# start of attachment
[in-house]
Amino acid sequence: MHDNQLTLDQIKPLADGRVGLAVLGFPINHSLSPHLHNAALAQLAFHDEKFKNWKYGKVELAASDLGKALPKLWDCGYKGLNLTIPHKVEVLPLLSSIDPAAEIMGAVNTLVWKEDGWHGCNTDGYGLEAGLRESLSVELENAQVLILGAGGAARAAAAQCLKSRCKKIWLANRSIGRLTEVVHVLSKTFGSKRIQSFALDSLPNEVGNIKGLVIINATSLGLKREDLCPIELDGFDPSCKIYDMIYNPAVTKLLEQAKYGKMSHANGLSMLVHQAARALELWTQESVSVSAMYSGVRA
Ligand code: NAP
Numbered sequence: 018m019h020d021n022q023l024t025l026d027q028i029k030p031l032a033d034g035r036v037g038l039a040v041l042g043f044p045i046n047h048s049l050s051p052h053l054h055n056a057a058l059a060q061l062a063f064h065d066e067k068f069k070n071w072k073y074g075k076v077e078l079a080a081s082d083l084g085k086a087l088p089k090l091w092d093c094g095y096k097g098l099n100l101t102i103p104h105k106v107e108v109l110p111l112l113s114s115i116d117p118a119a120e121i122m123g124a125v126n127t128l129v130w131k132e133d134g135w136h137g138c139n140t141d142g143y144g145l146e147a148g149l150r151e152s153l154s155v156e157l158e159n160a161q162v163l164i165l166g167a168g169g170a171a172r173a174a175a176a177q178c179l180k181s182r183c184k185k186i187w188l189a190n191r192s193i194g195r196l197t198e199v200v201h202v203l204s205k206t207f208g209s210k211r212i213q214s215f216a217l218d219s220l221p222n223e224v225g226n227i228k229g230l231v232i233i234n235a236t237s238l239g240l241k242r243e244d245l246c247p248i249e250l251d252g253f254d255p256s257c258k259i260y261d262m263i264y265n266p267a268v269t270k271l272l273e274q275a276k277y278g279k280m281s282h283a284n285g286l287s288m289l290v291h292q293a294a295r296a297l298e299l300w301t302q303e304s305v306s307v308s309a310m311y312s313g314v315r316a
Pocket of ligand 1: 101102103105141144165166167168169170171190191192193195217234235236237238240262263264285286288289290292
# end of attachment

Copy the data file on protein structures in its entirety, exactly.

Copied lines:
[in-house]
Amino acid sequence: MHDNQLTLDQIKPLADGRVGLAVLGFPINHSLSPHLHNAALAQLAFHDEKFKNWKYGKVELAASDLGKALPKLWDCGYKGLNLTIPHKVEVLPLLSSIDPAAEIMGAVNTLVWKEDGWHGCNTDGYGLEAGLRESLSVELENAQVLILGAGGAARAAAAQCLKSRCKKIWLANRSIGRLTEVVHVLSKTFGSKRIQSFALDSLPNEVGNIKGLVIINATSLGLKREDLCPIELDGFDPSCKIYDMIYNPAVTKLLEQAKYGKMSHANGLSMLVHQAARALELWTQESVSVSAMYSGVRA
Ligand code: NAP
Numbered sequence: 018m019h020d021n022q023l024t025l026d027q028i029k030p031l032a033d034g035r036v037g038l039a040v041l042g043f044p045i046n047h048s049l050s051p052h053l054h055n056a057a058l059a060q061l062a063f064h065d066e067k068f069k070n071w072k073y074g075k076v077e078l079a080a081s082d083l084g085k086a087l088p089k090l091w092d093c094g095y096k097g098l099n100l101t102i103p104h105k106v107e108v109l110p111l112l113s114s115i116d117p118a119a120e121i122m123g124a125v126n127t128l129v130w131k132e133d134g135w136h137g138c139n140t141d142g143y144g145l146e147a148g149l150r151e152s153l154s155v156e157l158e159n160a161q162v163l164i165l166g167a168g169g170a171a172r173a174a175a176a177q178c179l180k181s182r183c184k185k186i187w188l189a190n191r192s193i194g195r196l197t198e199v200v201h202v203l204s205k206t207f208g209s210k211r212i213q214s215f216a217l218d219s220l221p222n223e224v225g226n227i228k229g230l231v232i233i234n235a236t237s238l239g240l241k242r243e244d245l246c247p248i249e250l251d252g253f254d255p256s257c258k259i260y261d262m263i264y265n266p267a268v269t270k271l272l273e274q275a276k277y278g279k280m281s282h283a284n285g286l287s288m289l290v291h292q293a294a295r296a297l298e299l300w301t302q303e304s305v306s307v308s309a310m311y312s313g314v315r316a
Pocket of ligand 1: 101102103105141144165166167168169170171190191192193195217234235236237238240262263264285286288289290292